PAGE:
Many people with an interest in the Mayan calendar have at some point or another come in contact with the so-called Thirteen Moon/Dreamspell calendar, a calendar that was created in the early 1990’s by José and Lloydine Argüelles. It is common that people who have been taught this calendar at one point or another ask the question: “Why are there two different Mayan calendars?” and the purpose of this article is to provide a perspective on this, which most likely is different from what teachers of the Dreamspell will give themselves.
The proponents of Thirteen Moon/Dreamspell calendar claim that this is a female, natural and Mayan calendar and that it has such advantages that we should replace the Gregorian calendar with it. We will here examine these claims and explain how and why this calendar was created especially as related to the traditional Mayan calendar. The height of popularity of the Dreamspell calendar may now be gone. Yet, it remains important to create clarity about its origin and nature, especially if we now are to develop a calendar based on the Mayan that serves the evolution of humanity in a better way.
I will then here first briefly outline the structure of the Thirteen Moon/Dreamspell calendar: This calendar system is a combination of thirteen so-called “moon” periods of 28 days, every year taking their beginning on July 26. Thirteen moons of 28 days amounts to a total of 364 days to which one day, the “day-out-of-time” has been added on July 25. This compensates for the fact that the solar year of our planet is actually 365+ days. Combined with these thirteen moons is then the Dreamspell calendar, a so-called tzolkin count. This calendar is a modification of the traditional Mayan tzolkin count of 260 combinations of twenty day-signs (or glyphs) with thirteen numbers. Based on the Dreamspell tzolkin count, the adherents are assigned “galactic signatures” that purportedly define their identities, qualities and fates or at least aspects of those. Every four years, when there is a leap day in the Gregorian calendar on February 29, the Dreamspell count is interrupted and makes a jump in its flow as this day is given no tzolkin energy. In addition to this basic structure, the Thirteen Moon/Dreamspell calendar includes a number of cycles of lesser importance. These are however created against the background of the cycles outlined above and need not be detailed here. Here we will instead look more closely at the basic structure of this calendar and scrutinize the claims that it is: 1/ female, 2/natural and 3/ Mayan, since it is claimed that these are its strong points compared to other calendars.
Claim 1: The Thirteen Moon/Dreamspell calendar is a female calendar.
The claim that the Thirteen Moon calendar would be a female calendar is based on the fact that modern medicine often gives 28 days as a rule of thumb for the durations of the female cycles of ovulation and menstruation. It seems however that the proponents of the Thirteen Moon calendar have not really examined if this claim is true. To begin with, each woman in fertile age has an individual cycle with a duration that may vary between 22 and 31 days, which she often keeps a calendar of herself. Already for this reason it is somewhat questionable if an abstract ideal of a 28-day cycle codified in a general calendar serves a good purpose. Moreover, considering that few women would have periods starting at the same time as the thirteen moons it would seem that the number of women whose cycles actually follow this calendar would be very small, maybe less than one per cent.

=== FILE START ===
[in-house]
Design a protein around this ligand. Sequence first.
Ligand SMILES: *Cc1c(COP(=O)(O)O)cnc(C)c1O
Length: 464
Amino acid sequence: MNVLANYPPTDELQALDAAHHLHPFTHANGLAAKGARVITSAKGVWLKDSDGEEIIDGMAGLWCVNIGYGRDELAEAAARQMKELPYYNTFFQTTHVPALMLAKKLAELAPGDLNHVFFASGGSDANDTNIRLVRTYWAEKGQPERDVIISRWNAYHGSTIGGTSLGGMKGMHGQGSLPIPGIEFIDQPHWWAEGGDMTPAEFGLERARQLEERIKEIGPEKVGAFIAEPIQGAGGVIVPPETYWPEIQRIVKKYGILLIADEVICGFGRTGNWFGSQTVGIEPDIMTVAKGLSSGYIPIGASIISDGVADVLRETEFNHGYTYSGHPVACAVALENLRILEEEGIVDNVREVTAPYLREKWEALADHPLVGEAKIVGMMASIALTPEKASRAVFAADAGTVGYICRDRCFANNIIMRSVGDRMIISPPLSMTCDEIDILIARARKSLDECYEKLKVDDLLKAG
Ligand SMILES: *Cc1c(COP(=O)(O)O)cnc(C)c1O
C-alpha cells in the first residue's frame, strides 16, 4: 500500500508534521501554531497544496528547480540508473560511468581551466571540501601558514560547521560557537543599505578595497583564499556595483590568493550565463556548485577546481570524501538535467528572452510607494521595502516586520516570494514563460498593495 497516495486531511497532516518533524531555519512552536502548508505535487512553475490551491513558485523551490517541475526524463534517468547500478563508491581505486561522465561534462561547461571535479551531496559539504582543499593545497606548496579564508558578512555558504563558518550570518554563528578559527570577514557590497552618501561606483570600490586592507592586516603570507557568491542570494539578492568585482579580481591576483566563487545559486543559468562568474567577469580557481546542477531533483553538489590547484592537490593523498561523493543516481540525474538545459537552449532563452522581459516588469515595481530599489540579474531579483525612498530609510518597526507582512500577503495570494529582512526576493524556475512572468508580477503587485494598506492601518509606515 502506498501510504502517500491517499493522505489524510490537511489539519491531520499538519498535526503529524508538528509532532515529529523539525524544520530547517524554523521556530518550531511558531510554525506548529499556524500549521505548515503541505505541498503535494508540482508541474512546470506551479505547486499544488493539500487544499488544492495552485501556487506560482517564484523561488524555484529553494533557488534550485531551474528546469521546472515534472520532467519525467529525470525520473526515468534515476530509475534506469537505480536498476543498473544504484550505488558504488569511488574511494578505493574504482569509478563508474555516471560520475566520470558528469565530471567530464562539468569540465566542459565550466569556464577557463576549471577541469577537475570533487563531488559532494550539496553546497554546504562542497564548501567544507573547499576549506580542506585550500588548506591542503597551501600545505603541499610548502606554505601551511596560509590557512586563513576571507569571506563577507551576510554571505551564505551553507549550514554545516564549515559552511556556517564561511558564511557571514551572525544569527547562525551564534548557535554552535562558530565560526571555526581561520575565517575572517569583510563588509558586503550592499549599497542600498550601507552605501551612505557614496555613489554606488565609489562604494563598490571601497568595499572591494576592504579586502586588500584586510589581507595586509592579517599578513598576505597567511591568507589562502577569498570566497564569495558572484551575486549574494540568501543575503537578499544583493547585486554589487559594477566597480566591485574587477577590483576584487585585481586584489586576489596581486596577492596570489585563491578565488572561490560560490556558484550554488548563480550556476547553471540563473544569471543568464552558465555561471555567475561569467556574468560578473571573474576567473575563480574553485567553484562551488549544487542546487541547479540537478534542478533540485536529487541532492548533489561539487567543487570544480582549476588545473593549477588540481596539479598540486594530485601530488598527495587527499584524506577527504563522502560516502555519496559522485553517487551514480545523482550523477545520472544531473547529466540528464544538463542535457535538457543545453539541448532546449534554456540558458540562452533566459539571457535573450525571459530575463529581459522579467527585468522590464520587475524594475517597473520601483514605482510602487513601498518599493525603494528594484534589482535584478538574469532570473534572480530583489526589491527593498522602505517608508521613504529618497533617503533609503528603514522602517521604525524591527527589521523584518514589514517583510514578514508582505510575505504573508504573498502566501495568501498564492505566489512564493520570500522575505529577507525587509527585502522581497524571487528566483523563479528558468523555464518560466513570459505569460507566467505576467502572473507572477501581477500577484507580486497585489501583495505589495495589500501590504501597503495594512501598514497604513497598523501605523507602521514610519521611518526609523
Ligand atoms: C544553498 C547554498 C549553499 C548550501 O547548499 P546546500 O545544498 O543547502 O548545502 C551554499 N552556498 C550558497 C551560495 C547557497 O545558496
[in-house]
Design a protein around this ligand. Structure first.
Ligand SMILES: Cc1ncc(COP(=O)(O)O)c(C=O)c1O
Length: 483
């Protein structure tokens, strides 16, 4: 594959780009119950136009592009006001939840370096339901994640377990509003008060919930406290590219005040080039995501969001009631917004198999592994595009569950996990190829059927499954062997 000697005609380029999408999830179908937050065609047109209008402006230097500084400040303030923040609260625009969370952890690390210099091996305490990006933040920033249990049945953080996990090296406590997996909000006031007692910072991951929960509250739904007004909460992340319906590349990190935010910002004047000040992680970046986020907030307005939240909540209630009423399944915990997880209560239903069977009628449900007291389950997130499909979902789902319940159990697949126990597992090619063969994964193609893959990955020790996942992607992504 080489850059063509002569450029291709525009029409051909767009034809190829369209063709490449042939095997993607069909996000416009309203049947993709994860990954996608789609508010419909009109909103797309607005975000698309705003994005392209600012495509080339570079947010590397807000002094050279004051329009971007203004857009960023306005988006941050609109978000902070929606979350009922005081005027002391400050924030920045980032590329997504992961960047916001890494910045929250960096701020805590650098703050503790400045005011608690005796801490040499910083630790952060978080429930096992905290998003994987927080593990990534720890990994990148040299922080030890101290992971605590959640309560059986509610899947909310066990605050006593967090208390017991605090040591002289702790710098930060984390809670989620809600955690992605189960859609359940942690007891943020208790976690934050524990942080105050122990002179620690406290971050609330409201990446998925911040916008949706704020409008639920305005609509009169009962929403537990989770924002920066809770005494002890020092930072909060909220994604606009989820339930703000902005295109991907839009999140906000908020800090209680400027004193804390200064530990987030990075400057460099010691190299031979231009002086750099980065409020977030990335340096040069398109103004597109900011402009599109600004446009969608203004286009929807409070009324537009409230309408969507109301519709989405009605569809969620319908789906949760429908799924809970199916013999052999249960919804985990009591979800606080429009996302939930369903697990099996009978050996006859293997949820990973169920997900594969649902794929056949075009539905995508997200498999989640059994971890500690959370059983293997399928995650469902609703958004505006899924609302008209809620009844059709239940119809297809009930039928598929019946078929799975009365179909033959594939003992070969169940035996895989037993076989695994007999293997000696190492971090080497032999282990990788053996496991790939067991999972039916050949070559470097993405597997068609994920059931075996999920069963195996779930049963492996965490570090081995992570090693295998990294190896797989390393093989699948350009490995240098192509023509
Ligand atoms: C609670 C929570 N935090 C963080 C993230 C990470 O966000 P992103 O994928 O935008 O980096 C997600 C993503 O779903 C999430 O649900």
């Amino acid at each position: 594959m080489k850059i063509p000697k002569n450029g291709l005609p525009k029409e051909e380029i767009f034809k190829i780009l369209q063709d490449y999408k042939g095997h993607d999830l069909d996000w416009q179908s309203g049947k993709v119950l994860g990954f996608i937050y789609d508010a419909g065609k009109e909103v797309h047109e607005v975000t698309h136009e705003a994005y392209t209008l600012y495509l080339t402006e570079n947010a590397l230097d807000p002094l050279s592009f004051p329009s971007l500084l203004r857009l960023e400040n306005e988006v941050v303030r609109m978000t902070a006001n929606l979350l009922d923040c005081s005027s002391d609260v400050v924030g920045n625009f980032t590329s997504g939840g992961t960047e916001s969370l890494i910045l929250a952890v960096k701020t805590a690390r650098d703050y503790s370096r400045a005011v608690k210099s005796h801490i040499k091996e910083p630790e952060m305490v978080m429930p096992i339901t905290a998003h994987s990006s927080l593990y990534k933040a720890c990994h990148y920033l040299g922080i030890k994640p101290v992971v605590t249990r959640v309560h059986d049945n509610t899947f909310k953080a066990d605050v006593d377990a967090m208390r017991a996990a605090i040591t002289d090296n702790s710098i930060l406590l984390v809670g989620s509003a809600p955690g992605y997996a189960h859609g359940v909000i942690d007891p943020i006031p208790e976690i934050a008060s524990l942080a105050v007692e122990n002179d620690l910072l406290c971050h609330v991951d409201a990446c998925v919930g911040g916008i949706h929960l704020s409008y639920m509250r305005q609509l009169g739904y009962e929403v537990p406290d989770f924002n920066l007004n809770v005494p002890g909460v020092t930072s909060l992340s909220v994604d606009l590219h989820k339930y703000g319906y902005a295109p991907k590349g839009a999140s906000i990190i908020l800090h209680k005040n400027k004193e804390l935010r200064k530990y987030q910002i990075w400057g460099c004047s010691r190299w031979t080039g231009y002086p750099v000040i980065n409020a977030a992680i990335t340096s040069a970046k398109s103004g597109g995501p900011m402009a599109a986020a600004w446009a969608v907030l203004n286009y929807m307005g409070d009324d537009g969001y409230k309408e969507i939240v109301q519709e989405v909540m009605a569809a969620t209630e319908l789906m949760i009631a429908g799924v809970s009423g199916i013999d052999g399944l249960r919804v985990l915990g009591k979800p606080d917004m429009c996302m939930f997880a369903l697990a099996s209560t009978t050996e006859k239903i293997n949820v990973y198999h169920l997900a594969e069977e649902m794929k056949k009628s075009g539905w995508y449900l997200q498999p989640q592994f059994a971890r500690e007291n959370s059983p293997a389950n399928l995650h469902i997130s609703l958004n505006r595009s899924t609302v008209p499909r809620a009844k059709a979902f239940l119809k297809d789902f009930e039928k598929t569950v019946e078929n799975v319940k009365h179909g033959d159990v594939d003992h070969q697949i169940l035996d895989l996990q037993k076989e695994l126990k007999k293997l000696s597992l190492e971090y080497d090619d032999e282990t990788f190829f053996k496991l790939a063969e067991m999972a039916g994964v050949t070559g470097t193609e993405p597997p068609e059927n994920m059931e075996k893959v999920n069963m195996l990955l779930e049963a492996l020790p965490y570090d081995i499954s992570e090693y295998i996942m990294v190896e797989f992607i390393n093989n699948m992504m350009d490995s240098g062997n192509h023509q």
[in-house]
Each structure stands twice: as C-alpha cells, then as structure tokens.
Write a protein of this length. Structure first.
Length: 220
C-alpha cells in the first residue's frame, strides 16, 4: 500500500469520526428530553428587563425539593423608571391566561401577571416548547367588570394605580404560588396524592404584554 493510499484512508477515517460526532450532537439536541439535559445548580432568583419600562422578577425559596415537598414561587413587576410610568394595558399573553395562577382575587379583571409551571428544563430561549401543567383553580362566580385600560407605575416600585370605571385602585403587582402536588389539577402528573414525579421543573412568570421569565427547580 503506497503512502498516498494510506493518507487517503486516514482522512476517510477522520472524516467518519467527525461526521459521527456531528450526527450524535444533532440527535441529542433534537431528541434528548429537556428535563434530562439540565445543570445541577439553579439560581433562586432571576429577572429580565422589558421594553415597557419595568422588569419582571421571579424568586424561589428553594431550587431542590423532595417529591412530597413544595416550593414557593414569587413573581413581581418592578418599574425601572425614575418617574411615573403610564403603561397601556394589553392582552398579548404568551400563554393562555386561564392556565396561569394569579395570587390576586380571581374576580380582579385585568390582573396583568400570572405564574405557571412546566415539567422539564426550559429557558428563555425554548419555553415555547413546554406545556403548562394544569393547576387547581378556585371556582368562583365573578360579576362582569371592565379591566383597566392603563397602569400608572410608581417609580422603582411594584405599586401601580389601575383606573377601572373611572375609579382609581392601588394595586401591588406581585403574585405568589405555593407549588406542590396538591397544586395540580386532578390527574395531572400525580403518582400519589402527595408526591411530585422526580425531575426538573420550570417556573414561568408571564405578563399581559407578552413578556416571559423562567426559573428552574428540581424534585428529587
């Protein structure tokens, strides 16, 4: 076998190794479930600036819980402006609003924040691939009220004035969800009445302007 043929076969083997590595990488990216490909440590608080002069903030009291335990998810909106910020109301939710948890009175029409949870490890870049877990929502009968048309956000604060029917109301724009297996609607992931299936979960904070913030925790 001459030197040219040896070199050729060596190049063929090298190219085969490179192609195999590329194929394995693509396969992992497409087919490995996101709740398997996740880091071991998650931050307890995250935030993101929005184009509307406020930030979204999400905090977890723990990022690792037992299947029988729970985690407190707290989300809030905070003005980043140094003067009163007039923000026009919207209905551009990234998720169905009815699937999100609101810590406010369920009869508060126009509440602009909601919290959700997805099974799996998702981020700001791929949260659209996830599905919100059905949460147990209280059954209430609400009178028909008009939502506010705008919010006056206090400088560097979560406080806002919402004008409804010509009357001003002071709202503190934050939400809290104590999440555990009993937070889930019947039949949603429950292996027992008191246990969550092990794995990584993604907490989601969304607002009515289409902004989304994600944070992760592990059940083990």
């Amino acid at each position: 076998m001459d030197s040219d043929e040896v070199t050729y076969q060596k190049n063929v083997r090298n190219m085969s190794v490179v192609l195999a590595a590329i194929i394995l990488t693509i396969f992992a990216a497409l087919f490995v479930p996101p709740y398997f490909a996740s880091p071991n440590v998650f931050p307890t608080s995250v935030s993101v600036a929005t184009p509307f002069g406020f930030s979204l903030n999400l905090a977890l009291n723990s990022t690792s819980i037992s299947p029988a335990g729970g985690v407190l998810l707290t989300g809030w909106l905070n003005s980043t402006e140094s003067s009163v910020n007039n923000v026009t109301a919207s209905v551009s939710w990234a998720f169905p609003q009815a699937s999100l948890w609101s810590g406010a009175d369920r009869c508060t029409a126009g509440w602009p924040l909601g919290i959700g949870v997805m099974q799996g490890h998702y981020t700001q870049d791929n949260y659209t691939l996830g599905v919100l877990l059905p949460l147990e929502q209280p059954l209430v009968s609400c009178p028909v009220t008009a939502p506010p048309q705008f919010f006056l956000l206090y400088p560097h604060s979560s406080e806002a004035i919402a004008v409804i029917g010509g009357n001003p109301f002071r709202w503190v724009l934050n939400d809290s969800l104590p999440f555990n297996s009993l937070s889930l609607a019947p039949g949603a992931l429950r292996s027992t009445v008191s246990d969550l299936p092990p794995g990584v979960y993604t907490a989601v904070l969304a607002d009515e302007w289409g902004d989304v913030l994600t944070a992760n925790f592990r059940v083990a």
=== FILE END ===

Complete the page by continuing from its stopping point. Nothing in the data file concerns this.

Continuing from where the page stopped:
More profoundly problematic is the fact that the 28-day rule of thumb of modern medicine is not the actual natural cycle of women. Studies performed in the 1950’s with hundreds of thousands of women showed that their cycles instead on average are 29.5 days long. The reason the female cycles have this duration is that they are connected to the full moon cycle of 29.52 days. To confirm these connections studies were performed in the 1960’s with Chinese women living without electrical lights that showed not only that their cycles on average are 29.5 days, but also that their excretion of hydroxymelatonin, originating from the melatonin of the light-sensitive pineal gland, occurred in response to the light of the full-moon. This connection between the female and the full moon is sometimes expressed in ancient myths, but may be too magical for modern medicine to accept and so it has created the idea of a 28-day cycle. Today many women may also in fact have shorter cycles than 29.5 days. This is because of the current prevalence of electric lights (and computers) in the night time (having the same effect as the full moon) as well as the spread of hormone disruptors (such as contraceptive pills) that have perturbed the connections of the female cycles with the full moon. Yet, these are hardly factors that can be qualified as female or natural. It can be concluded that the Thirteen Moon calendar is not a female calendar, despite the rhetoric of its adherents. If anything, this calendar tends to alienate women from their natural connection to the full moon cycle and replace it with a purely abstract mathematical cycle of 28 days. The ancient Maya did not follow a 28 day cycle, but one that alternated between 29 and 30 days to create an average of 29.5 consistent with the natural cycle of women.